Forced Hot Water Heating System – Why Its The Way To Go

Introduction – Forced Hot Water Heating

Forced hot water heating systems, also known as hydronic heating, is a type of home heating system that uses water or a mixture of water and antifreeze such as glycol as the transfer medium to distribute heat throughout the home.

It is typically used in homes where the climate is too cold for traditional air-source heating systems. In this article, we will explore why it turns out that hydronic heating systems provide a small but consistent cost savings over traditional air-source heating systems, all other factors being equal.

Radiators are the most visible part of a forced hot water or hydronic heating system

Set-Up Of Forced Hot Water Vs Air Heating

The setup of hydronic and forced hot air systems is fundamentally different. While forced hot air systems rely on air ducts to distribute the heated air throughout the home, hydronic systems use water or a mixture of water and antifreeze to distribute heat.

This means the components of a hydronic system and a forced hot air system are also different. A hydronic system typically consists of a boiler, pumps, pipes, and radiators, while a forced hot air system typically consists of a furnace, air ducts, and a blower.

Forced Hot Water Systems Are Slightly More Efficient Than Forced Hot Air Systems

Hot water and hot air are two of the most common systems employed in residential homes. Though both systems provide warmth, there are distinct differences in fuel efficiency and delivery efficiency that must be taken into consideration.

Fuel Efficiency

Fuel efficiency is an important factor when considering the cost of operating a heating system. Fuel efficiency is a measure of how efficiently a vehicle or heating system uses energy.

It is expressed as a ratio of the amount of energy used to the amount of energy produced. In heating systems, fuel efficiency is measured by the amount of energy used to produce a certain amount of heat. A more efficient system will use less energy to produce the same amount of heat.

In modern systems, that is, as of 2023, the two systems have very similar fuel efficiencies commonly exceeding 92-93%. This is true for different fuel sources such as natural gas, oil, and electricity. Therefore, there is no difference in fuel efficiency. Which brings us to another kind of efficiency.

Delivery Efficiency

Delivery efficiency is the second important factor in determining the cost of operating a heating system. Delivery efficiency is a measure of how efficiently a heating system delivers heat to the desired area. Sometimes the term “distribution efficiency” is used interchangeably.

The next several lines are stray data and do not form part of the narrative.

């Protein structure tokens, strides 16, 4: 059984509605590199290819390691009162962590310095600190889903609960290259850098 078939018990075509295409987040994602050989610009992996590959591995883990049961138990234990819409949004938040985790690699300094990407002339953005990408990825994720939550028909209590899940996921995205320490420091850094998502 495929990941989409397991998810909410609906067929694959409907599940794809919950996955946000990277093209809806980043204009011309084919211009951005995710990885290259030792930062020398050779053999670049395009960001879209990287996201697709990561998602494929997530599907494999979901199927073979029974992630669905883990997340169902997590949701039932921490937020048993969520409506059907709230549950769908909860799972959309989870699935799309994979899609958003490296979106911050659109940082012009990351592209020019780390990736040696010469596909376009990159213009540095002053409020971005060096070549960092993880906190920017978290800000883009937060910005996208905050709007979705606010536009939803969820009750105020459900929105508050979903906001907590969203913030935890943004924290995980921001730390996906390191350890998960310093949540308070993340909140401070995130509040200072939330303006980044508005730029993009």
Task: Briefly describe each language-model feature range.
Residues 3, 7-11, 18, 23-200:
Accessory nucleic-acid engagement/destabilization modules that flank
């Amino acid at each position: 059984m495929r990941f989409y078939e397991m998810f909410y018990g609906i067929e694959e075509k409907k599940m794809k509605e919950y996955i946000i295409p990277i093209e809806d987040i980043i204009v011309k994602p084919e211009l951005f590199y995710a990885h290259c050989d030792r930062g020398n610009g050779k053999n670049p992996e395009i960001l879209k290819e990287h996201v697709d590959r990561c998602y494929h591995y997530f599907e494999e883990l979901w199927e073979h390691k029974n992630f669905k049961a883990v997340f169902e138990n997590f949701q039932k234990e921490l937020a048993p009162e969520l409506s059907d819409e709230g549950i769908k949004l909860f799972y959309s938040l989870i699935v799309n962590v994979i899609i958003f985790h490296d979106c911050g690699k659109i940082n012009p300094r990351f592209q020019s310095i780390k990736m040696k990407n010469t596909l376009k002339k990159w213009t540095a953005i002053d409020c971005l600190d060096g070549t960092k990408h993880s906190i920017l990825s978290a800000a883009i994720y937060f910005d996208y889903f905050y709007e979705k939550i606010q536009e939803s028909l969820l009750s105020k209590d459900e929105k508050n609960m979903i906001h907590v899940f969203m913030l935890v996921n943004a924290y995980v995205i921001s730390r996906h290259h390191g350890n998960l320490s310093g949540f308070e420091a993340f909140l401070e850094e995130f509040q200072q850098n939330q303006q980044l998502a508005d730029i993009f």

Forced hot water systems have a higher delivery efficiency rate than forced hot air systems. This is because the water experiences little loss as it moves along a pipe. The loss is estimated at 2.5-5.0%.

In contrast for a forced hot air system there is air loss along ducts which ranges from 3.0% for sealed ducts to as high as 15.0% for unsealed ducts.

The delivery efficiency difference is the main source of the cost difference. To be concrete, that might translate to annual heating cost of $2,400 for a forced air system and $2,100 for a forced water system.

Parts Of A Forced Hot Water Heating System

In more detail, we describe the four parts of a hydronic heating system.


The boiler is the heart of the hydronic heating system. It is responsible for heating the water or mixture of water and antifreeze that is used to distribute heat throughout the home.

The boiler is typically powered by natural gas, propane, or electricity. There are in fact, many types of boilers for a home – which we note just in case you think choosing one is simple. You get to choose the complexity but also the fuel source.


Not all hydronic systems have pumps however they do make the circulation much better. The pumps in a hydronic system are responsible for circulating the heated water or mixture of water and antifreeze throughout the home.

The pumps are typically powered by electricity and are designed to operate quietly and efficiently.


The radiators in a hydronic system are responsible for transferring the heat from the water or mixture of water and antifreeze to the air in the home.

The radiators vary in size, depending on the size of the home, and are typically made from cast iron or aluminum.

Zoned Heating

Zoned heating is an option available with hydronic systems that allows for different areas of the home to be heated to different temperatures. This is accomplished by using multiple pumps, boilers, and radiators, which are controlled by a central thermostat.

This allows for efficient heating of different areas of the home, resulting in greater comfort and cost savings.